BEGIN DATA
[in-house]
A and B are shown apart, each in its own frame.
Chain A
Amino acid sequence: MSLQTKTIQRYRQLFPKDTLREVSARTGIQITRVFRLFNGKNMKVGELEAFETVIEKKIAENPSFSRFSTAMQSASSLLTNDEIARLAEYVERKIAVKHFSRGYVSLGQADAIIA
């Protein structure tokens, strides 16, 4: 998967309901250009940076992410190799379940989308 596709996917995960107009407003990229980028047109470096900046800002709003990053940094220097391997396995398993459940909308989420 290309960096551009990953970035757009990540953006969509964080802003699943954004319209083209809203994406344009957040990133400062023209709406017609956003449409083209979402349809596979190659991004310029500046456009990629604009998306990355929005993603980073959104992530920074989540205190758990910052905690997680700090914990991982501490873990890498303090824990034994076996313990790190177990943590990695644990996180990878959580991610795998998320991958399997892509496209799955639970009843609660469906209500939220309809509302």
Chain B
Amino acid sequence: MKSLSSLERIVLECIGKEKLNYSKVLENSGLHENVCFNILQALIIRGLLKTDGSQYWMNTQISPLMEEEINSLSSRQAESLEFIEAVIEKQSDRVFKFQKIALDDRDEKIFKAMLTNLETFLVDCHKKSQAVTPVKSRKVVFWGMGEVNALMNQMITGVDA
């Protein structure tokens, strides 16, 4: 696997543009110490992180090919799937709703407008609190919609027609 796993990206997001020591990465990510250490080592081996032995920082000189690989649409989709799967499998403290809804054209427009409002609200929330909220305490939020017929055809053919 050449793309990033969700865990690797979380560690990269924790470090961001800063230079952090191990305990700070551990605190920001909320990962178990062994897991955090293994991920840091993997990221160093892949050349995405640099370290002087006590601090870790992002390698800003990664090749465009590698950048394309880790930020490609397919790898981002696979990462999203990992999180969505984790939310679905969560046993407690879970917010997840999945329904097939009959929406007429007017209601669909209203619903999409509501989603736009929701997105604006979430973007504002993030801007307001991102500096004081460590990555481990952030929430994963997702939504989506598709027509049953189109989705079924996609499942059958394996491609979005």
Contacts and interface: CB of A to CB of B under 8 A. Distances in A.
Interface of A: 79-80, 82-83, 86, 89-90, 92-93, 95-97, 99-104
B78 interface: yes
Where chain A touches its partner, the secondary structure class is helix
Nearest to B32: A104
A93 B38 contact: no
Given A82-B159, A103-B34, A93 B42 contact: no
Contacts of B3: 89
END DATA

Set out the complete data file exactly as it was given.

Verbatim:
[in-house]
A and B are shown apart, each in its own frame.
Chain A
Amino acid sequence: MSLQTKTIQRYRQLFPKDTLREVSARTGIQITRVFRLFNGKNMKVGELEAFETVIEKKIAENPSFSRFSTAMQSASSLLTNDEIARLAEYVERKIAVKHFSRGYVSLGQADAIIA
């Protein structure tokens, strides 16, 4: 998967309901250009940076992410190799379940989308 596709996917995960107009407003990229980028047109470096900046800002709003990053940094220097391997396995398993459940909308989420 290309960096551009990953970035757009990540953006969509964080802003699943954004319209083209809203994406344009957040990133400062023209709406017609956003449409083209979402349809596979190659991004310029500046456009990629604009998306990355929005993603980073959104992530920074989540205190758990910052905690997680700090914990991982501490873990890498303090824990034994076996313990790190177990943590990695644990996180990878959580991610795998998320991958399997892509496209799955639970009843609660469906209500939220309809509302």
Chain B
Amino acid sequence: MKSLSSLERIVLECIGKEKLNYSKVLENSGLHENVCFNILQALIIRGLLKTDGSQYWMNTQISPLMEEEINSLSSRQAESLEFIEAVIEKQSDRVFKFQKIALDDRDEKIFKAMLTNLETFLVDCHKKSQAVTPVKSRKVVFWGMGEVNALMNQMITGVDA
């Protein structure tokens, strides 16, 4: 696997543009110490992180090919799937709703407008609190919609027609 796993990206997001020591990465990510250490080592081996032995920082000189690989649409989709799967499998403290809804054209427009409002609200929330909220305490939020017929055809053919 050449793309990033969700865990690797979380560690990269924790470090961001800063230079952090191990305990700070551990605190920001909320990962178990062994897991955090293994991920840091993997990221160093892949050349995405640099370290002087006590601090870790992002390698800003990664090749465009590698950048394309880790930020490609397919790898981002696979990462999203990992999180969505984790939310679905969560046993407690879970917010997840999945329904097939009959929406007429007017209601669909209203619903999409509501989603736009929701997105604006979430973007504002993030801007307001991102500096004081460590990555481990952030929430994963997702939504989506598709027509049953189109989705079924996609499942059958394996491609979005």
Contacts and interface: CB of A to CB of B under 8 A. Distances in A.
Interface of A: 79-80, 82-83, 86, 89-90, 92-93, 95-97, 99-104
B78 interface: yes
Where chain A touches its partner, the secondary structure class is helix
Nearest to B32: A104
A93 B38 contact: no
Given A82-B159, A103-B34, A93 B42 contact: no
Contacts of B3: 89